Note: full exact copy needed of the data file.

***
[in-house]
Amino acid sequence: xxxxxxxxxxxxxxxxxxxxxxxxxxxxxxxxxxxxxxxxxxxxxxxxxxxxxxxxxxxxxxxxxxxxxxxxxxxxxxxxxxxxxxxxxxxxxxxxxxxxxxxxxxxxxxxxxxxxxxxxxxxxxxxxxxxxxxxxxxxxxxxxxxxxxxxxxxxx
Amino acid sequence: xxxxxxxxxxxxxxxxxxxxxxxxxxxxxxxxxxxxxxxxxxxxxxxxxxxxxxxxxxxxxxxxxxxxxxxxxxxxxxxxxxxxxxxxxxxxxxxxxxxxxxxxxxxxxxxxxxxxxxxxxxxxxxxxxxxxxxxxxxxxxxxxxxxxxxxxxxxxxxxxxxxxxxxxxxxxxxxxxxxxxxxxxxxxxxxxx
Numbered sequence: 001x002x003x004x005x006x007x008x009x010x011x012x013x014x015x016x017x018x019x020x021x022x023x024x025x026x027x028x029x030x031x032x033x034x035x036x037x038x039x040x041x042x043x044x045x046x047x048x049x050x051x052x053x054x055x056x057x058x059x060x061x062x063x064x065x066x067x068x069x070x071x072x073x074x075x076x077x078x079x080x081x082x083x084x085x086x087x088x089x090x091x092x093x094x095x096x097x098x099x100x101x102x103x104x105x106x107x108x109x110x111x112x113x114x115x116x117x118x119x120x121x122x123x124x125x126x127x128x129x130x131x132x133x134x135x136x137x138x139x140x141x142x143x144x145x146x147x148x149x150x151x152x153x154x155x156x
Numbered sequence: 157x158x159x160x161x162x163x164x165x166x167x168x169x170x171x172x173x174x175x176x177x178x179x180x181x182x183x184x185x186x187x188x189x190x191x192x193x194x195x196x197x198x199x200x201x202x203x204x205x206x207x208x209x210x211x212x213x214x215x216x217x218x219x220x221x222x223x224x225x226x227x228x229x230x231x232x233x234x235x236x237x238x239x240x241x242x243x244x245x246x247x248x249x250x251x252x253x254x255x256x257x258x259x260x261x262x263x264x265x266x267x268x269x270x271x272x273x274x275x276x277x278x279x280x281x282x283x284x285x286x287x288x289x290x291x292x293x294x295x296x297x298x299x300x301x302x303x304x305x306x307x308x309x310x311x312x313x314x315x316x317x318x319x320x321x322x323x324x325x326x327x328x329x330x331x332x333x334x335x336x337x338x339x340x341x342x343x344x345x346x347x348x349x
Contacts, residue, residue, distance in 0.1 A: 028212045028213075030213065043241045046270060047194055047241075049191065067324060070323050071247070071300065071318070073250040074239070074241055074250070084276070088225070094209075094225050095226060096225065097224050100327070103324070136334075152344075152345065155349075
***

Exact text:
[in-house]
Amino acid sequence: xxxxxxxxxxxxxxxxxxxxxxxxxxxxxxxxxxxxxxxxxxxxxxxxxxxxxxxxxxxxxxxxxxxxxxxxxxxxxxxxxxxxxxxxxxxxxxxxxxxxxxxxxxxxxxxxxxxxxxxxxxxxxxxxxxxxxxxxxxxxxxxxxxxxxxxxxxxx
Amino acid sequence: xxxxxxxxxxxxxxxxxxxxxxxxxxxxxxxxxxxxxxxxxxxxxxxxxxxxxxxxxxxxxxxxxxxxxxxxxxxxxxxxxxxxxxxxxxxxxxxxxxxxxxxxxxxxxxxxxxxxxxxxxxxxxxxxxxxxxxxxxxxxxxxxxxxxxxxxxxxxxxxxxxxxxxxxxxxxxxxxxxxxxxxxxxxxxxxxx
Numbered sequence: 001x002x003x004x005x006x007x008x009x010x011x012x013x014x015x016x017x018x019x020x021x022x023x024x025x026x027x028x029x030x031x032x033x034x035x036x037x038x039x040x041x042x043x044x045x046x047x048x049x050x051x052x053x054x055x056x057x058x059x060x061x062x063x064x065x066x067x068x069x070x071x072x073x074x075x076x077x078x079x080x081x082x083x084x085x086x087x088x089x090x091x092x093x094x095x096x097x098x099x100x101x102x103x104x105x106x107x108x109x110x111x112x113x114x115x116x117x118x119x120x121x122x123x124x125x126x127x128x129x130x131x132x133x134x135x136x137x138x139x140x141x142x143x144x145x146x147x148x149x150x151x152x153x154x155x156x
Numbered sequence: 157x158x159x160x161x162x163x164x165x166x167x168x169x170x171x172x173x174x175x176x177x178x179x180x181x182x183x184x185x186x187x188x189x190x191x192x193x194x195x196x197x198x199x200x201x202x203x204x205x206x207x208x209x210x211x212x213x214x215x216x217x218x219x220x221x222x223x224x225x226x227x228x229x230x231x232x233x234x235x236x237x238x239x240x241x242x243x244x245x246x247x248x249x250x251x252x253x254x255x256x257x258x259x260x261x262x263x264x265x266x267x268x269x270x271x272x273x274x275x276x277x278x279x280x281x282x283x284x285x286x287x288x289x290x291x292x293x294x295x296x297x298x299x300x301x302x303x304x305x306x307x308x309x310x311x312x313x314x315x316x317x318x319x320x321x322x323x324x325x326x327x328x329x330x331x332x333x334x335x336x337x338x339x340x341x342x343x344x345x346x347x348x349x
Contacts, residue, residue, distance in 0.1 A: 028212045028213075030213065043241045046270060047194055047241075049191065067324060070323050071247070071300065071318070073250040074239070074241055074250070084276070088225070094209075094225050095226060096225065097224050100327070103324070136334075152344075152345065155349075